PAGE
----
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|DOI (Digital Object Identifier) Link:||http://doi.org/10.1017/S0022463409990038|
|Google Scholar:||Look up in Google Scholar|
From the 1970s most scholars have rejected the Cold War orthodoxy that the Malayan Emergency (1948–60) was a result of instructions from Moscow, translated into action by the Malayan Communist Party (MCP). They have instead argued that local factors precipitated violence, and that the MCP was relatively unprepared when the Emergency was declared. This article puts the international element back into the picture. It shows that the change from a ‘united front’ to a ‘two camp’ international communist line from 1947 played a significant role in deciding local debates in favour of revolt. It also demonstrates how the MCP had plans for a graduated build-up to armed revolt before an Emergency was declared. This article therefore offers a model for a dynamic, two-way relationship between the international and local levels of Cold War.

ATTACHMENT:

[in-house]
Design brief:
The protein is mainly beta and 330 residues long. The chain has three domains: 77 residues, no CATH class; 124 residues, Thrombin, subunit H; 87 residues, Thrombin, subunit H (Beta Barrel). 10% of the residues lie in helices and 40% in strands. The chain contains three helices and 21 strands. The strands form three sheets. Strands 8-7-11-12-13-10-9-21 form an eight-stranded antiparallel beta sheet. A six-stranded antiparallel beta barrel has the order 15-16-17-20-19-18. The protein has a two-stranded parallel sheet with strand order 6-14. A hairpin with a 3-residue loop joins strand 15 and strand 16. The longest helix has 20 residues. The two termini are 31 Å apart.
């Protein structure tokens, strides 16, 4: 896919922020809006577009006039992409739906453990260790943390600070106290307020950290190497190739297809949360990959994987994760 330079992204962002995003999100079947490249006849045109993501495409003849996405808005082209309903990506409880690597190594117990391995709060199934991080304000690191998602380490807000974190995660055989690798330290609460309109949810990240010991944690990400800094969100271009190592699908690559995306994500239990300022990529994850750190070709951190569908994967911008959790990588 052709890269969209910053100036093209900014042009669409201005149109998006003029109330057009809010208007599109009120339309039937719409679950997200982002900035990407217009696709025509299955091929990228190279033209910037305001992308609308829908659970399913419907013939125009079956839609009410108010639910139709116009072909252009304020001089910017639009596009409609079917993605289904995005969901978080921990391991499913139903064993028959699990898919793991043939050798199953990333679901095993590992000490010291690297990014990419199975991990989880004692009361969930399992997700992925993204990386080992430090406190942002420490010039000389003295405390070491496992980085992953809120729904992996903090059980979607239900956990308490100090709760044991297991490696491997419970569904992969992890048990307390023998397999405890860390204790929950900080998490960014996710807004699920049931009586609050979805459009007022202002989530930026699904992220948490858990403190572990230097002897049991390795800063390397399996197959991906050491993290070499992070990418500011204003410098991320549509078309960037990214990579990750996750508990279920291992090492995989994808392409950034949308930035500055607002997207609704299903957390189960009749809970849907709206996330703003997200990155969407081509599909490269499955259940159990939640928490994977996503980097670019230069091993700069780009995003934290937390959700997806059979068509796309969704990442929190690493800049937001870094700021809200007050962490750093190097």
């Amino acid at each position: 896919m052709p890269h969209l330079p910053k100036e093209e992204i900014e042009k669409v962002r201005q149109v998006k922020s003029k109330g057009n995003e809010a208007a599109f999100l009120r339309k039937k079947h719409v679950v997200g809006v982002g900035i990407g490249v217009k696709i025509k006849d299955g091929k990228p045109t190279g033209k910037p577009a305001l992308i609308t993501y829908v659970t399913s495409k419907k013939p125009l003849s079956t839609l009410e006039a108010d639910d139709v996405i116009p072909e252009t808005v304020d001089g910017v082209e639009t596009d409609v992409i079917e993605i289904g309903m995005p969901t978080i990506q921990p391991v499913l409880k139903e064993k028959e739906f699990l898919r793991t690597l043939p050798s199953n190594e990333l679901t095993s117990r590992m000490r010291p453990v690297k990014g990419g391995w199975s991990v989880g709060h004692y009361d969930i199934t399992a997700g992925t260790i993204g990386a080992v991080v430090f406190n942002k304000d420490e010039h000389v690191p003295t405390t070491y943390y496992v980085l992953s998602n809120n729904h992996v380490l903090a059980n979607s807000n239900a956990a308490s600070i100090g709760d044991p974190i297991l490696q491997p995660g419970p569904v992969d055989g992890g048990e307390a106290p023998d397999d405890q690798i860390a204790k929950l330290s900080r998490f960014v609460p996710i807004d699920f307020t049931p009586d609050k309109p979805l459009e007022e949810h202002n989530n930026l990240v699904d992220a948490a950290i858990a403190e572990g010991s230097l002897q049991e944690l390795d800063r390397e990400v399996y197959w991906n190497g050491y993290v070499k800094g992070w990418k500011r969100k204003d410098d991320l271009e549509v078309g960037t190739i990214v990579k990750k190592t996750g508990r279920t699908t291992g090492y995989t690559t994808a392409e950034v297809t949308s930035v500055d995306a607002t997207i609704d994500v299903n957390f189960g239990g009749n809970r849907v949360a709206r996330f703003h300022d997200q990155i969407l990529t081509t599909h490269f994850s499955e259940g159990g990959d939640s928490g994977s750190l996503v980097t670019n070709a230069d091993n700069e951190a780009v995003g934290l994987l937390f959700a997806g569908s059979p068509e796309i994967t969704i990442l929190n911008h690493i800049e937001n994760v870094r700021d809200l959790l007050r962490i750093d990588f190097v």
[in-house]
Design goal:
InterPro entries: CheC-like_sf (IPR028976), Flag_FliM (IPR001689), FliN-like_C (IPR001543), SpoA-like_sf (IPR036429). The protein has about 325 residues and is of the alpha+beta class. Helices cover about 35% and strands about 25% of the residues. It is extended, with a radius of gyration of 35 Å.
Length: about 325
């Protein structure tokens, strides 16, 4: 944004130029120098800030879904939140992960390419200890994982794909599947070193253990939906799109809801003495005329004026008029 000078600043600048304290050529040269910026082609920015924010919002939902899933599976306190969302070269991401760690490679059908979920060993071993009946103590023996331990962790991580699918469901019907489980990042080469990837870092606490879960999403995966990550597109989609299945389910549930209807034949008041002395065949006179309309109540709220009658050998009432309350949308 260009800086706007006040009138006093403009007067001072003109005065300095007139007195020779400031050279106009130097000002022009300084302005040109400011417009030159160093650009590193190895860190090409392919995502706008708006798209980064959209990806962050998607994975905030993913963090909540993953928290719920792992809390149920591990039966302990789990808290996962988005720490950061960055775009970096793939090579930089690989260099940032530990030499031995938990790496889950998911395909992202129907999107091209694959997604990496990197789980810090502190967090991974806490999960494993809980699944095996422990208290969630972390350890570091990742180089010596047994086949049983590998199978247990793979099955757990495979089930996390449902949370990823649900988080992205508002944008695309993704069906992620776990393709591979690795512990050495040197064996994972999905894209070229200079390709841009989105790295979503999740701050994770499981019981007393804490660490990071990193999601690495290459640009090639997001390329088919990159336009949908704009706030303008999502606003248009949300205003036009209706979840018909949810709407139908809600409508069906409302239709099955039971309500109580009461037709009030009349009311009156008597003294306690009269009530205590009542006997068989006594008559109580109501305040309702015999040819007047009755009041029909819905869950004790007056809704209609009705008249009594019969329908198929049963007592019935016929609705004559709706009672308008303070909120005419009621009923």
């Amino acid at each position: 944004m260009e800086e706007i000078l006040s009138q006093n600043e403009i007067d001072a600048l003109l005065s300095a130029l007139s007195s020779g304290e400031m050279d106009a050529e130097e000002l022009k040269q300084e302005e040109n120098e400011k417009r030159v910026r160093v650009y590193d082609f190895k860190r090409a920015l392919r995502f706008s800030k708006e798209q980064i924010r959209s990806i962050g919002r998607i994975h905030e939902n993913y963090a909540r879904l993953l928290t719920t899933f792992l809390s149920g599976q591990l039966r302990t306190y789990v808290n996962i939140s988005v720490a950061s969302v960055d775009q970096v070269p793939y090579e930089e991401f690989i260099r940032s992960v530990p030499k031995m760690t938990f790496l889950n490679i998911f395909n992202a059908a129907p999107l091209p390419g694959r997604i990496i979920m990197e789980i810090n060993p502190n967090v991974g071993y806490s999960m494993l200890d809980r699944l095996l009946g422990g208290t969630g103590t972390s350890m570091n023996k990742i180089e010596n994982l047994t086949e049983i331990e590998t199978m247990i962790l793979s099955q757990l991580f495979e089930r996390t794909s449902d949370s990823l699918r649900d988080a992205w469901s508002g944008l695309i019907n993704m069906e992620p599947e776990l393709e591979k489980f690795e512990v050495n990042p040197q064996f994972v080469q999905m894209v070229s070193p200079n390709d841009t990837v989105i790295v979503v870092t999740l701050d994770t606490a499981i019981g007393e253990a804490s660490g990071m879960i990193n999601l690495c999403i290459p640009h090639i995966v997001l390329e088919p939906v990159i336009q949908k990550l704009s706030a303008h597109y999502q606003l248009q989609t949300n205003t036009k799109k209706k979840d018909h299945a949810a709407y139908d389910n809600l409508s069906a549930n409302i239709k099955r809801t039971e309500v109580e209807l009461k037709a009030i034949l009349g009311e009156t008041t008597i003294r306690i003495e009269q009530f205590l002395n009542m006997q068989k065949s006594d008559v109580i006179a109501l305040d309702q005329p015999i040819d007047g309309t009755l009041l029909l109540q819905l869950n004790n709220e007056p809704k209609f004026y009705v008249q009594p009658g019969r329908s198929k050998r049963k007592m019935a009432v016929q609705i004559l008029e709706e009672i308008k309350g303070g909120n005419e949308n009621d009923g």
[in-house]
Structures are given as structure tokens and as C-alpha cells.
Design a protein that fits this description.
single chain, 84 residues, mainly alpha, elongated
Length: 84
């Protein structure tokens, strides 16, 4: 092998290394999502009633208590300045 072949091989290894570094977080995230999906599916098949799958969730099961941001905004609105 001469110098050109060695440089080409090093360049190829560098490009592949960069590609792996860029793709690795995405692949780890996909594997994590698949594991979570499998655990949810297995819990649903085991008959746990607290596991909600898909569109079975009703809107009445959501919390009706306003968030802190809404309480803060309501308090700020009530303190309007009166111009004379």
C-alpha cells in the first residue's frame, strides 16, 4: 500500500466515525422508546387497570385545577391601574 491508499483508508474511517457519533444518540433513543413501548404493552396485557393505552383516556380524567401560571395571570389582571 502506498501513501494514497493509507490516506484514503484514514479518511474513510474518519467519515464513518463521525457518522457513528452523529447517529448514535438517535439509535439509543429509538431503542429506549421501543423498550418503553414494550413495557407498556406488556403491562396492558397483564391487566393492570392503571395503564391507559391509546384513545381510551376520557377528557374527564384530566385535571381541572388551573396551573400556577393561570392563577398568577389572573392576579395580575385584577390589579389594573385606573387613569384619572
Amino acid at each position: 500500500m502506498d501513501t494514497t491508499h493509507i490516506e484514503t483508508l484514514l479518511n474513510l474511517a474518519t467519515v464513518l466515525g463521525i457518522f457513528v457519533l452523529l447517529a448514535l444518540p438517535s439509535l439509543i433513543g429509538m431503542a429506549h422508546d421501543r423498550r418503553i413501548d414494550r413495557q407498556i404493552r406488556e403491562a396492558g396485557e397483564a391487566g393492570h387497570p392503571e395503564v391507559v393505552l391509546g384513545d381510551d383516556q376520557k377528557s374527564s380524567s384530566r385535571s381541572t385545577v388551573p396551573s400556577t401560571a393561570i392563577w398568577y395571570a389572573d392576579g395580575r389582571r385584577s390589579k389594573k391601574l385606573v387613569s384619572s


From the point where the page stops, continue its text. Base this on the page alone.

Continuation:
|Item Type:||Journal Article|
|Copyright Holders:||2009 The National University of Singapore|
|Academic Unit/Department:||Faculty of Arts and Social Sciences (FASS) > History, Religious Studies, Sociology, Social Policy and Criminology
Faculty of Arts and Social Sciences (FASS)
|Depositing User:||Karl Hack|
|Date Deposited:||10 Nov 2009 09:33|
|Last Modified:||04 Oct 2016 12:51|
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